More than 8.3 million pounds – 12.5 million dollars or 11.3 million euros – that’s the asking price for the unique one-owner McLaren F1 supercar that actor Rowan Atkinson, renowned for comedy star roles in UK TV classics Mr Bean and Blackadder, is asking for the 388 km/h machine he has owned from new.
Precious as it is, originally priced at £540,000 (722,000 euros) as one of just 63 road cars built in the early 1990s, Atkinson says he has enjoyed being able to drive it with his family as “a daily”, to the shops and on school runs, although he has also topped 320 km/h in it on the racetrack. Powered by a naturally aspirated 6.1-litre BMW V12, it can rocket 0-100 km/h in 3.2 seconds and blast all the way to 388 km/h.
An accomplished and respected historic race driver, Atkinson has regularly featured at the Goodwood Revival, usually with Jaguars in the St Mary’s Trophy saloon races, but where he also once recreated a classic scene from his Mr Bean TV series, ‘driving’ a Mini from an armchair on its roof.
But the burgundy-colour McLaren is a different beast. While early in its ownership he strapped his children into a pair of child seats in the rear of the McLaren’s special three-seat layout for a long drive on holiday, his off-screen life with the McLaren over the best part of two decades has had its dramas too, with two major crashes.
In 2011, he hit a slippery patch of road and crashed into a tree, the engine ending up 20 metres away. He escaped with a shoulder injury that put him out of that year’s Goodwood Revival, a sell-out crowd-puller where he’s been used to rubbing shoulders with the likes of Jochen Mass and Sir Stirling Moss, as pictured below, but said the car’s carbon fibre chassis probably saved his life.
Such was the damage that technicians at McLaren put the repair estimate at more than £900,000 – but such was the car’s appreciating value that the insurers approved the factory rebuild making it as new.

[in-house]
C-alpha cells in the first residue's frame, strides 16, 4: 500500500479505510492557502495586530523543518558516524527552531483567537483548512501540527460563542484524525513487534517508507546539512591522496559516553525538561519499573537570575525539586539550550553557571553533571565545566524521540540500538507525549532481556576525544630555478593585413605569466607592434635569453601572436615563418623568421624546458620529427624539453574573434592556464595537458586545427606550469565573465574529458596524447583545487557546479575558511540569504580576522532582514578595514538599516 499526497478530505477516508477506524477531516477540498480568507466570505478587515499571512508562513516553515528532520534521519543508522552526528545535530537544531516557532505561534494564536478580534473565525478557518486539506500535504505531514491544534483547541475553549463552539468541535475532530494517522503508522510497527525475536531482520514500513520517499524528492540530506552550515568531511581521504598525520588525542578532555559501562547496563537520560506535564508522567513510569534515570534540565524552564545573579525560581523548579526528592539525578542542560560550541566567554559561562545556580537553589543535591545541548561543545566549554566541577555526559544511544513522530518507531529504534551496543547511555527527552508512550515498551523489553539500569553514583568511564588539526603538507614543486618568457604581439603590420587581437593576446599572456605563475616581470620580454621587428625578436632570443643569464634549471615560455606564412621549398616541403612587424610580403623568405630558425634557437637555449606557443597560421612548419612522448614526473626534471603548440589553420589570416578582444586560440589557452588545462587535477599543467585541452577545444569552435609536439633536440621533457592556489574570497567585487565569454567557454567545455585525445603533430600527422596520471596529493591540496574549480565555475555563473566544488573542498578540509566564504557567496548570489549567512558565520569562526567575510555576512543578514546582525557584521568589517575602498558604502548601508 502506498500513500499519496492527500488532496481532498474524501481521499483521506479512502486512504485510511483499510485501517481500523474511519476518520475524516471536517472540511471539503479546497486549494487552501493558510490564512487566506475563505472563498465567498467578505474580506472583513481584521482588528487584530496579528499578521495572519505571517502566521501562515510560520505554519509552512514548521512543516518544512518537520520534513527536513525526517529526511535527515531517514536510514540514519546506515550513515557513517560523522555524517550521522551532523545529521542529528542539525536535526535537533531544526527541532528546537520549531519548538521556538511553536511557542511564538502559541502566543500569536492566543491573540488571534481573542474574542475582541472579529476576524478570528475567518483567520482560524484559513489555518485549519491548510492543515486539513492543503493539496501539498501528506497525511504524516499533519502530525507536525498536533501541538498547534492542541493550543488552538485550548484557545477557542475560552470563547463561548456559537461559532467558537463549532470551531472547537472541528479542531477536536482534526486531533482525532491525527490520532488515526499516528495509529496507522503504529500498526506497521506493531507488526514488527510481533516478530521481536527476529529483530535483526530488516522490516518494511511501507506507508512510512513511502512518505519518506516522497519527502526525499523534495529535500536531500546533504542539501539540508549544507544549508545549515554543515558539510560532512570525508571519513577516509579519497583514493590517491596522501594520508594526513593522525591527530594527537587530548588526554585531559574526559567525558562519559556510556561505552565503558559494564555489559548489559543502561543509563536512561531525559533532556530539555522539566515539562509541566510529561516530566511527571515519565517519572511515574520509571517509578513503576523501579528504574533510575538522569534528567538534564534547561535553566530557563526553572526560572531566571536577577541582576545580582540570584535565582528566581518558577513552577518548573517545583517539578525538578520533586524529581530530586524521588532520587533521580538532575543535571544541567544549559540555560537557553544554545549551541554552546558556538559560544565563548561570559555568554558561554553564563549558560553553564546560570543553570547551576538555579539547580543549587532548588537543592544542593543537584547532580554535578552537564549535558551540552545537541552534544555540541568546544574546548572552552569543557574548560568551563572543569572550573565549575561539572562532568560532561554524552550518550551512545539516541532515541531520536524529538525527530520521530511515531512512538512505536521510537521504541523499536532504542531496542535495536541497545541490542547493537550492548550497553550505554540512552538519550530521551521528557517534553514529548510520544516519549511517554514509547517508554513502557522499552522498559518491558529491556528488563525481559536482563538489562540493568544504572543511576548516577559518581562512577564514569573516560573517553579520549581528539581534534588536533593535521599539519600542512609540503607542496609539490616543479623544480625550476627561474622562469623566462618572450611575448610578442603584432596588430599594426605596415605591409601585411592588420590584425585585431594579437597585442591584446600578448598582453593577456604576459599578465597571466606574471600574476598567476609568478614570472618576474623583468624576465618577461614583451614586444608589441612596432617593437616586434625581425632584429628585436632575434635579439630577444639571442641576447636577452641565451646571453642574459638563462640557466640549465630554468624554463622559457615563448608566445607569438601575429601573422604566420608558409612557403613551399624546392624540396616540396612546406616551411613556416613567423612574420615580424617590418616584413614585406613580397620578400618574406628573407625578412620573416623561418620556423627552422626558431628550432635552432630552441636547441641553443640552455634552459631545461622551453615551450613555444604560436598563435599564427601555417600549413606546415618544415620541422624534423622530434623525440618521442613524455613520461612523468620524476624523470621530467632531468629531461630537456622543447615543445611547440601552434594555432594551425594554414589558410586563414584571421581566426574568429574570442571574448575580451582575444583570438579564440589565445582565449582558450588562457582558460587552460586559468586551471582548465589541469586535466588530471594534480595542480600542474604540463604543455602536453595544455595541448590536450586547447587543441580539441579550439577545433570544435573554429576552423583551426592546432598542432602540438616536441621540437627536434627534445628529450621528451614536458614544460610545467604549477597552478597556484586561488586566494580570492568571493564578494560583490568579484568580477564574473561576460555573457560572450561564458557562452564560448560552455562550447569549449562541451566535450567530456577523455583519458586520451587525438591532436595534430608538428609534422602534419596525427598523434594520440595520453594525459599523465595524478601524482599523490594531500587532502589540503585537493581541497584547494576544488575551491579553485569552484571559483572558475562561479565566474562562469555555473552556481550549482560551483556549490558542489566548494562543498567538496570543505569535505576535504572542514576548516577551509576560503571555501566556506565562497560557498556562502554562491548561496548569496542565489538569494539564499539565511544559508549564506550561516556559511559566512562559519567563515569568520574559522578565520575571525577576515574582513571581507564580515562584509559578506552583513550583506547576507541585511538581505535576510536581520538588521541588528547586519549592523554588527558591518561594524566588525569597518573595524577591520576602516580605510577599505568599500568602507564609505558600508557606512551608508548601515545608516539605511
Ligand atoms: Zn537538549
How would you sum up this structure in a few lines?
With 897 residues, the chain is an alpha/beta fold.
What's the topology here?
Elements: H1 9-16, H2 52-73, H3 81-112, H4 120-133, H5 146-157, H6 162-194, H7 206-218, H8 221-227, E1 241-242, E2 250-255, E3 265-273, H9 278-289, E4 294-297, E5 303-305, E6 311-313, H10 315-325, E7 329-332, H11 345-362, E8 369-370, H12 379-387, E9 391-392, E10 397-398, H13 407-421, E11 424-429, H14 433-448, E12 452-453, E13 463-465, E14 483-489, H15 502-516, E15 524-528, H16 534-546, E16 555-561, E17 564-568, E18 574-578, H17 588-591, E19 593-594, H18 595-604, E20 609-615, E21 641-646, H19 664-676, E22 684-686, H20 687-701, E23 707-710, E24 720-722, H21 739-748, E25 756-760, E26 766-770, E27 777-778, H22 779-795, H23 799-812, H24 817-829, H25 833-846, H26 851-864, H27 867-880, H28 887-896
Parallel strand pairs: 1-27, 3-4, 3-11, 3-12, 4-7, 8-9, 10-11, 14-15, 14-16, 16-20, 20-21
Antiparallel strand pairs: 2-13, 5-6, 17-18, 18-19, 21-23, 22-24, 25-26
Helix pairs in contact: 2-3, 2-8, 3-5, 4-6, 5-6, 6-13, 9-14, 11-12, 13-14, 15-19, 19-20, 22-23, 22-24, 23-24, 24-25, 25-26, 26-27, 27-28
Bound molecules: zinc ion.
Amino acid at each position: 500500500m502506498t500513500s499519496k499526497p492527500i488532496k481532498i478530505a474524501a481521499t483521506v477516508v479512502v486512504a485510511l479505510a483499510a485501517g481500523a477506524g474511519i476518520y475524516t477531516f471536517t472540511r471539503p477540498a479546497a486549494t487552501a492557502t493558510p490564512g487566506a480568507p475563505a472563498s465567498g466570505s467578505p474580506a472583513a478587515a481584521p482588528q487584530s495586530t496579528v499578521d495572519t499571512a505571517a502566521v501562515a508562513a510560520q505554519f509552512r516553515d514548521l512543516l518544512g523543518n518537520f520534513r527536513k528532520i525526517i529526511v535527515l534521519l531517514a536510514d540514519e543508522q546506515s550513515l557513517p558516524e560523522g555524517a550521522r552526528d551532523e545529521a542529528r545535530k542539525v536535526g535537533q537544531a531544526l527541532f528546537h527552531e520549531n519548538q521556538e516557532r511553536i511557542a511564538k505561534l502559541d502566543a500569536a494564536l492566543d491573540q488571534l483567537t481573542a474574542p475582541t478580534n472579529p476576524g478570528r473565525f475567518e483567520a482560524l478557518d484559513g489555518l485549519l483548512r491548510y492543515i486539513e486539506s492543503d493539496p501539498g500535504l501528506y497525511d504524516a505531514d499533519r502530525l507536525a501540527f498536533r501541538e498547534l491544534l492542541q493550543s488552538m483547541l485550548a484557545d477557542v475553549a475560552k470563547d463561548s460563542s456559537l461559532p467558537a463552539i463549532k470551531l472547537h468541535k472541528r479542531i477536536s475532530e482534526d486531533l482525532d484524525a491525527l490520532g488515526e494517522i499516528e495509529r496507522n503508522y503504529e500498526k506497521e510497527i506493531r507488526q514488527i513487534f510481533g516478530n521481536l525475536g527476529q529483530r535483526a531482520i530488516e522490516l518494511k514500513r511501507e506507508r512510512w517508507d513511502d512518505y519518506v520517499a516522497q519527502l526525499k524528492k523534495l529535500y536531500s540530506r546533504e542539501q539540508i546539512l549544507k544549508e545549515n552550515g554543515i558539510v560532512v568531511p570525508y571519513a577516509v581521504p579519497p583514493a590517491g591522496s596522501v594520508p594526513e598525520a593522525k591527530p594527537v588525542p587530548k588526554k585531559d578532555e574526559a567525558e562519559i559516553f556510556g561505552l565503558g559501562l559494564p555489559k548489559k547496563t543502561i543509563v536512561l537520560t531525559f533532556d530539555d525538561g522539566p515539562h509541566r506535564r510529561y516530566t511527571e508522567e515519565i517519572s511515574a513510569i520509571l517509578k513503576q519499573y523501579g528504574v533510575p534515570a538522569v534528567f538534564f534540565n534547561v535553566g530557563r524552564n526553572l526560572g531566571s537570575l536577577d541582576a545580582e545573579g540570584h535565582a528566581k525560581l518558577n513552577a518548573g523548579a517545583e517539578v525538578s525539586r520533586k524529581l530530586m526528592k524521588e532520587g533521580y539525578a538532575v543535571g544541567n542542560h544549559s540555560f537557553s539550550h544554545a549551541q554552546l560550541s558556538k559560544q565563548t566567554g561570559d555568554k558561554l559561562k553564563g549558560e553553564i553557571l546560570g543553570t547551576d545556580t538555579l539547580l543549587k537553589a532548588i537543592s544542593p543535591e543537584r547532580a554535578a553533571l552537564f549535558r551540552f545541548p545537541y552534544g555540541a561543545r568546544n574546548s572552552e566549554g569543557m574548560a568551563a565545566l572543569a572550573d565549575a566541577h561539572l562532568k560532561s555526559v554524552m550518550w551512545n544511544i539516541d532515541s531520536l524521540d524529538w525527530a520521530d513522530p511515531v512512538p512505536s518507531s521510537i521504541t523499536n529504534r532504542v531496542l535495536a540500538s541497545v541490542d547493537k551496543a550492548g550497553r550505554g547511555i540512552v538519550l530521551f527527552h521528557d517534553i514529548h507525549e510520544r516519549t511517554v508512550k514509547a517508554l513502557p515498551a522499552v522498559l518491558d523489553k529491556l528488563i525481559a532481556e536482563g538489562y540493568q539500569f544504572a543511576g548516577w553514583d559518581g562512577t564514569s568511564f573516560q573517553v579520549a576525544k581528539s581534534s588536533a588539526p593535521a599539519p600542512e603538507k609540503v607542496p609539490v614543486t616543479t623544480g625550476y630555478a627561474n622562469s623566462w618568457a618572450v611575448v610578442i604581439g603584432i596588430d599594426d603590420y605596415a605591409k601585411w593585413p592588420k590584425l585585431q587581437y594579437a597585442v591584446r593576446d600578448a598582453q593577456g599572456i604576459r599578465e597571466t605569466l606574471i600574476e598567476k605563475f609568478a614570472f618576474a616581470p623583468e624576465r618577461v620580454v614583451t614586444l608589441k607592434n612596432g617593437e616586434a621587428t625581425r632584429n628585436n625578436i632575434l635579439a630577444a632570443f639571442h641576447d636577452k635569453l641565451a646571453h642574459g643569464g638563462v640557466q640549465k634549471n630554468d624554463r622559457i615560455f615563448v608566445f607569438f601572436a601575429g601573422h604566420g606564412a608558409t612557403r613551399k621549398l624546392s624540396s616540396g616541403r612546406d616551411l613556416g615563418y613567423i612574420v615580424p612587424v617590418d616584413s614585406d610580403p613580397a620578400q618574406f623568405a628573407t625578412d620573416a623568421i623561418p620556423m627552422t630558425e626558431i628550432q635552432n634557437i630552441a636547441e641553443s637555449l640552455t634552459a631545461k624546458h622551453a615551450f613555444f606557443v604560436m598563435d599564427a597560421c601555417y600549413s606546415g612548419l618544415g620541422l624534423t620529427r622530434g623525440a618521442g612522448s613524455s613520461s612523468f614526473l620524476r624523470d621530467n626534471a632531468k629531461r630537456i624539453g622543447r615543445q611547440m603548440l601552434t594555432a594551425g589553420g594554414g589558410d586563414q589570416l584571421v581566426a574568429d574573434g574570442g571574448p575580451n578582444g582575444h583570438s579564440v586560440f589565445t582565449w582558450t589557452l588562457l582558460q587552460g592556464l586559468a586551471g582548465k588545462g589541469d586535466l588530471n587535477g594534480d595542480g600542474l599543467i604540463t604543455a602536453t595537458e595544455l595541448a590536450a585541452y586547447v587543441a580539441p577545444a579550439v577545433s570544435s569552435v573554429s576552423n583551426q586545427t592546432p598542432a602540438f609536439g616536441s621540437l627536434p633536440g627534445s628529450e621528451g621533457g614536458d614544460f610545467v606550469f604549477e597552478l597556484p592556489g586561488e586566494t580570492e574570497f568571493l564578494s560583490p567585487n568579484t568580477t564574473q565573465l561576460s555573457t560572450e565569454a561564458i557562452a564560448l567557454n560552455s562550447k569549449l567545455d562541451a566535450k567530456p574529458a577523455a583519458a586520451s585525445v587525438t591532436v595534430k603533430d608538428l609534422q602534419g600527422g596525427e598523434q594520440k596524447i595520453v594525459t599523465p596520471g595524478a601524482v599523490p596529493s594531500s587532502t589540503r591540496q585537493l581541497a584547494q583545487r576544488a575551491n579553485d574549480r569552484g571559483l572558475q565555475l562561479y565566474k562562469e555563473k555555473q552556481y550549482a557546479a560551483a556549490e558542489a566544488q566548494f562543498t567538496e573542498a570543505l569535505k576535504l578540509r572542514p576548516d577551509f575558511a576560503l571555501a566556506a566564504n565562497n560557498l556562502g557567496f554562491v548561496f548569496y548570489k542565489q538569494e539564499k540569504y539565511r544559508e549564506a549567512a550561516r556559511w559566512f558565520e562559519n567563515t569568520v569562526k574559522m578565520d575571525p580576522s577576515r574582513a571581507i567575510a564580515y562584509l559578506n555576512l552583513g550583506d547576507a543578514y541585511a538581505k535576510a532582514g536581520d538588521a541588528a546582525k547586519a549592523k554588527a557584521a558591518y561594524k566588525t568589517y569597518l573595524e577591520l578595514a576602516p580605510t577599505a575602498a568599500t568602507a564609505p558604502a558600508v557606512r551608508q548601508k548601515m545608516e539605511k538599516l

Atkinson, a devotee of McLaren’s ace former design guru Gordon Murray, told Goodwood Road Racing Club: “‘I bought it for the quality of the thinking behind it. Now it has become a thing of value, it is time for someone else to enjoy it.” He added: “Look at a modern supercar of comparable performance and it will be vast, heavy and offer little or no space for your luggage.
“By comparison the F1 is tiny yet will seat three, store enough for you all to go on holiday and still find space for a proper, normally aspirated 6.1-litre V12 engine. And it weighs the same as a shopping car. Nothing has ever been designed before or since with such imagination and clarity of thought.”
The man tasked with finding a buyer is David Clark, owner of Taylor and Crawley historic and performance car specialists in west London, who said: “If I had the choice of buying a 1,000 mile McLaren F1 that has been hidden away or Rowan’s with 41,000 miles I would take Rowan’s.”
And he should know – Clark, pictured right, is not only a celebrated historic car dealer and racer, with a lifelong involvement in the historic car business and F1 racing, he was commercial director of McLaren from 1994-1998 when the F1 was being developed and sold.
He has raced some of the world’s greatest cars including the Aston Martin DBR1, DP212 and DP214; and the Ferrari 250 GTO and 250 SWB.
But his favourite car is the McLaren F1 GTR he has owned since 1997, the machine in Harrods colours which led Le Mans for 13 hours and eventually came third overall, first in class, in the hands of Derek and Justin Bell and Andy Wallace.
Clark said: “Companies have spent a lot of time and money trying to better the F1 but I don’t think it has an equal in modern times. The F1 is unquestionably the modern day Ferrari 250 GTO. If I had the choice of buying a 1,000-mile McLaren F1 that has been hidden away or Rowan’s with 41,000 miles I would take Rowan’s.”
Clark added: “I am expecting a lot of interest in the F1. Anyone who wants a wonderful car with a great story, which includes the accidents, then this F1 is a fantastic thing.
“Apart from the accidents, I think Rowan has enjoyed every minute with the F1 and I think he will have withdrawal when it is gone.”